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Researchers reveal molecular mechanisms of different donor arteries for coronary artery bypass grafting

Researchers reveal molecular mechanisms of different donor arteries for coronary artery bypass grafting
Profiling of the 38,814 single cells isolated from three types of donor arteries. a. Schematic of overall study design; b. UMAP plot of the integrated donor artery datasets, with cells colored according to the major cell types; c. UMAP plots showing the composition and similarities of major cell types in each donor arteries. Credit: IGDB

Coronary artery bypass grafting (CABG) is a surgical procedure that improves blood flow to the heart tissue and can effectively treat myocardial ischemia caused by coronary artery disease. In CABG, a healthy blood vessel is taken from the patient and is connected to the diseased artery so that the blood can bypass the blocked coronary artery region.

Healthy blood vessels used for CABG are mainly arteries from other parts of the patient's body, including the (ITA), radial artery (RA), and right gastroepiploic artery (RGA). Among these donor arteries, ITA has the best long-term outcome, while RA and RGA are prone to intimal hyperplasia, atherosclerosis and vasospasm.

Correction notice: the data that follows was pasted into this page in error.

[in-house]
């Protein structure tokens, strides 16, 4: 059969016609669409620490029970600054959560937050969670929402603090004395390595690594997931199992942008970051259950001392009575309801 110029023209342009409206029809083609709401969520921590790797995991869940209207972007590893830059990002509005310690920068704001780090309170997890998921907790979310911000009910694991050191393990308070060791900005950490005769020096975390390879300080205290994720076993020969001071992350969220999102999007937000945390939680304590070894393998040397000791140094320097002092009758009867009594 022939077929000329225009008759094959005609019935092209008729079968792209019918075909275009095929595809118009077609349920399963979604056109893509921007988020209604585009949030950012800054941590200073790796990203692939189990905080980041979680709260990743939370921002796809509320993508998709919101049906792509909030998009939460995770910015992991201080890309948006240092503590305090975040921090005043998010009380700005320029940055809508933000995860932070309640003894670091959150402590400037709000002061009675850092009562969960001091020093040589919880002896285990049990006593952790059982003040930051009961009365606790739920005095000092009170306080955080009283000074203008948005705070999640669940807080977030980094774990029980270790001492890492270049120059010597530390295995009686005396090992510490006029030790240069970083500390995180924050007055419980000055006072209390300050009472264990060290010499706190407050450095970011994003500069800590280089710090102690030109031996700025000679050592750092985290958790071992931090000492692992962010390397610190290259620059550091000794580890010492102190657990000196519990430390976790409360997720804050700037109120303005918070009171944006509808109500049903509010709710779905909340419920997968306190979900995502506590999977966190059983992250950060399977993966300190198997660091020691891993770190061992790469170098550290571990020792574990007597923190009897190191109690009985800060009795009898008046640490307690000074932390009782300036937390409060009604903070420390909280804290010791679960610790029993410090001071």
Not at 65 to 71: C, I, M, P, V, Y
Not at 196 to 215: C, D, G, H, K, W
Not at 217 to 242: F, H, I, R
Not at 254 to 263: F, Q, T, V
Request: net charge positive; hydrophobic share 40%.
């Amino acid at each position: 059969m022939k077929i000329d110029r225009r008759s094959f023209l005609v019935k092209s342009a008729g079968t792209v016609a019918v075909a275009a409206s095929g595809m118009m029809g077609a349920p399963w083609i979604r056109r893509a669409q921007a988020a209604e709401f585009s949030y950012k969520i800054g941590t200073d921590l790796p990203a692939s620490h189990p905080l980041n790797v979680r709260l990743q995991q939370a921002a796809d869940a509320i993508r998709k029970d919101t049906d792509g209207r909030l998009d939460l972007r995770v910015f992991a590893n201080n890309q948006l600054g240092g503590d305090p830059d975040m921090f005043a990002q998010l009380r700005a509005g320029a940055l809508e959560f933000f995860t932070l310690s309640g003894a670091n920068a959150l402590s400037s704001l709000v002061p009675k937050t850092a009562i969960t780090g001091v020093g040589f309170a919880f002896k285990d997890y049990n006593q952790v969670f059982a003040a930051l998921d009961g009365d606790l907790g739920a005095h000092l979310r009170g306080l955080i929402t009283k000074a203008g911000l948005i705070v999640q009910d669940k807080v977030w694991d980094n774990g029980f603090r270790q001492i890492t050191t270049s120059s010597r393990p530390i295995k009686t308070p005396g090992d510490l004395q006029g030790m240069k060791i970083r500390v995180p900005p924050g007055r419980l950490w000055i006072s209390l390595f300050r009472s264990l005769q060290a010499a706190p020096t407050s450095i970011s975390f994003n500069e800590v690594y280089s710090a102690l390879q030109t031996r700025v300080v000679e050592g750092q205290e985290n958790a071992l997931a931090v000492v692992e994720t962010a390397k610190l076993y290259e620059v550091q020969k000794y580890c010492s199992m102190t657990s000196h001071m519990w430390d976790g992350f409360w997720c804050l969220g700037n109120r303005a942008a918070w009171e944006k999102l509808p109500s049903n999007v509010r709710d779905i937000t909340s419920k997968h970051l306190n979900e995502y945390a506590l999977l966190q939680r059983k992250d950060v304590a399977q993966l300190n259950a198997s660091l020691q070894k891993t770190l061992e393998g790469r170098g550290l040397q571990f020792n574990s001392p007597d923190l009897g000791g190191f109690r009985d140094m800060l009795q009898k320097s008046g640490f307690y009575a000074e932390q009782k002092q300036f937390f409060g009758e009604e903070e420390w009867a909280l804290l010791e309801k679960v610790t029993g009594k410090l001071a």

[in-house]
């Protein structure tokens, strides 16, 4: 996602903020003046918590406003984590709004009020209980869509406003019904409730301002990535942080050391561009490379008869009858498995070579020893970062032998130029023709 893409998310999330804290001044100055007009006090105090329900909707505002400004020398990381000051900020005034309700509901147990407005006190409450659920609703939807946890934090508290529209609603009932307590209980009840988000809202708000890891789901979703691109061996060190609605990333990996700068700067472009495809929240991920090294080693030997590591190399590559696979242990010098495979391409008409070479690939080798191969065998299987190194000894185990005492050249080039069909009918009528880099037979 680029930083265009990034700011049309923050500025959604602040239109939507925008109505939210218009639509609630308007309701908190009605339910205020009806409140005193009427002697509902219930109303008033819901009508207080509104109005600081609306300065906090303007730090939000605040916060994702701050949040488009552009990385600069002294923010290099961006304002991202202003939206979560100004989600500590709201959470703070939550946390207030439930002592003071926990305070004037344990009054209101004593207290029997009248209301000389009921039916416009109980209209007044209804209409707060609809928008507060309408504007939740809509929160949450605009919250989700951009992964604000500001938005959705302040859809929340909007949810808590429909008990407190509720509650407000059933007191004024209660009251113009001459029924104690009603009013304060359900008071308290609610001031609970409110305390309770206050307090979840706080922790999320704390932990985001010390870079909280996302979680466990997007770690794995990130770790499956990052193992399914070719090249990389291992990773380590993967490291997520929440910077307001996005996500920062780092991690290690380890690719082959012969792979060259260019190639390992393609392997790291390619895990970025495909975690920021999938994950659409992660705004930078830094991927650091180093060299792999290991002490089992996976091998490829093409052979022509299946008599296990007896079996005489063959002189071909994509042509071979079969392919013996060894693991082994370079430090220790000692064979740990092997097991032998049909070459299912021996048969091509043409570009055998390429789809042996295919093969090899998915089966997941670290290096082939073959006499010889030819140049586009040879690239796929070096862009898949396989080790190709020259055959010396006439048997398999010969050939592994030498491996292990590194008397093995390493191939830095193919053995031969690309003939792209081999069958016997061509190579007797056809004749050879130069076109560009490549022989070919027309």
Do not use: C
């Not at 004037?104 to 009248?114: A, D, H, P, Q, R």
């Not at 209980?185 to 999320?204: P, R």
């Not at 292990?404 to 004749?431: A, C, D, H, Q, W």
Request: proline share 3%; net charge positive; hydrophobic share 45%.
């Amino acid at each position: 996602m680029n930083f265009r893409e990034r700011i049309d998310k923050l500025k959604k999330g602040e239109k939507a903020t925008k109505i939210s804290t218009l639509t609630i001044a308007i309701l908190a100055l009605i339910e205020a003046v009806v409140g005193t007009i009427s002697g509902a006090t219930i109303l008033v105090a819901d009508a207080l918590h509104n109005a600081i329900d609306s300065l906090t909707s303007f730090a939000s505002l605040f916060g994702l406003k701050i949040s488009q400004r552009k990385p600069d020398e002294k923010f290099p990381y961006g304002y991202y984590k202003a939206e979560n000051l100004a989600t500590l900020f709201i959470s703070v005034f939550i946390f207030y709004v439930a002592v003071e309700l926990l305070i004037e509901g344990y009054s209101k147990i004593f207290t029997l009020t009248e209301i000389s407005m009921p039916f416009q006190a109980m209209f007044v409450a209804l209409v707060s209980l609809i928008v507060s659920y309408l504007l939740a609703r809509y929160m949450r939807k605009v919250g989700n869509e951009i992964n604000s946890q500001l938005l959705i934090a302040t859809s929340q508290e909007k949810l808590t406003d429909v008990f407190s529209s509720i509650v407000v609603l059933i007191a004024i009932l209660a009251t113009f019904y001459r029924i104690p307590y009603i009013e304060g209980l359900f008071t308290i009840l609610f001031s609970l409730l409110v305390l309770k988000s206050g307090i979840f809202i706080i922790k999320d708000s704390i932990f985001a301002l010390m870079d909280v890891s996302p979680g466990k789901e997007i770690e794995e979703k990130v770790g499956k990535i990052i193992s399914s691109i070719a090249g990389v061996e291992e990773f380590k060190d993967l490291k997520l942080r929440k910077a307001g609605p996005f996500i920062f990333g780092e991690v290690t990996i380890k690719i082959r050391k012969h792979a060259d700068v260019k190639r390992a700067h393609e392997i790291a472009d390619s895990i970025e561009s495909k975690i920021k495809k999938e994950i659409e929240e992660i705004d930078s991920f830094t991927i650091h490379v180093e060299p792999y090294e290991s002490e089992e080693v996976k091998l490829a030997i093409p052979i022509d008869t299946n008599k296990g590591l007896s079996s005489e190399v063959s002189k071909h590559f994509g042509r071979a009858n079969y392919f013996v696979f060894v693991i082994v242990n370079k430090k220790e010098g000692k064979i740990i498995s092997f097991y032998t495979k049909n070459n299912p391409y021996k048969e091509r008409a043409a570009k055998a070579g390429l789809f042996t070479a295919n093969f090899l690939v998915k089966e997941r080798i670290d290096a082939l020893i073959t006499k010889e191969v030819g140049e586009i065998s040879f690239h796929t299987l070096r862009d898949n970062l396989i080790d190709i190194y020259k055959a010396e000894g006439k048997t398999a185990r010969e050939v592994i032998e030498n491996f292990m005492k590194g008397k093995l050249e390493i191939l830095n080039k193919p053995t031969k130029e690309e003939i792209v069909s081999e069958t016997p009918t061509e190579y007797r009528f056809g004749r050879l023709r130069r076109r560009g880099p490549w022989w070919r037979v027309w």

Wang Xiujie's group at the Institute of Genetics and Developmental Biology (IGDB) of the Chinese Academy of Sciences, in collaboration with Song Jiangping's group at Fuwai Hospital of the Chinese Academy of Medical Sciences, used single-cell RNA sequencing (scRNA-seq) to elucidate the cell type composition and gene expression profiles of ITA, RA and RGA.

The researchers found that these three types of donor arteries differ in lipid particle uptake, hemodynamics, vasospasm and fibrosis. Combined with experimental validation in human cells and mice, the following four optimized strategies for CABG were proposed: inhibition of macrophage migration inhibitory factor could reduce intimal hyperplasia of RA; potassium channel openers could counteract calcium antagonist-unresponsive vasospasm in RGA; inhibition of CREB5 and GDF10 could reduce extracellular matrix deposition and fibrosis in RA and RGA; PCSK9 inhibitors are recommended for lipid-lowering treatment in ITA.

The study is expected to provide guidance for the establishment of clinical CABG surgical strategies and the selection of post-operative medications.

The paper, titled "Strategies for arterial graft optimization at the single-cell level," was published in Nature Cardiovascular Research on April 25.

More information: Zhan Hu et al, Strategies for arterial graft optimization at the single-cell level, Nature Cardiovascular Research (2024). DOI: 10.1038/s44161-024-00464-6

Journal information: Nature Cardiovascular Research
Citation: Researchers reveal molecular mechanisms of different donor arteries for coronary artery bypass grafting (2024, May 17) retrieved 21 June 2024 from
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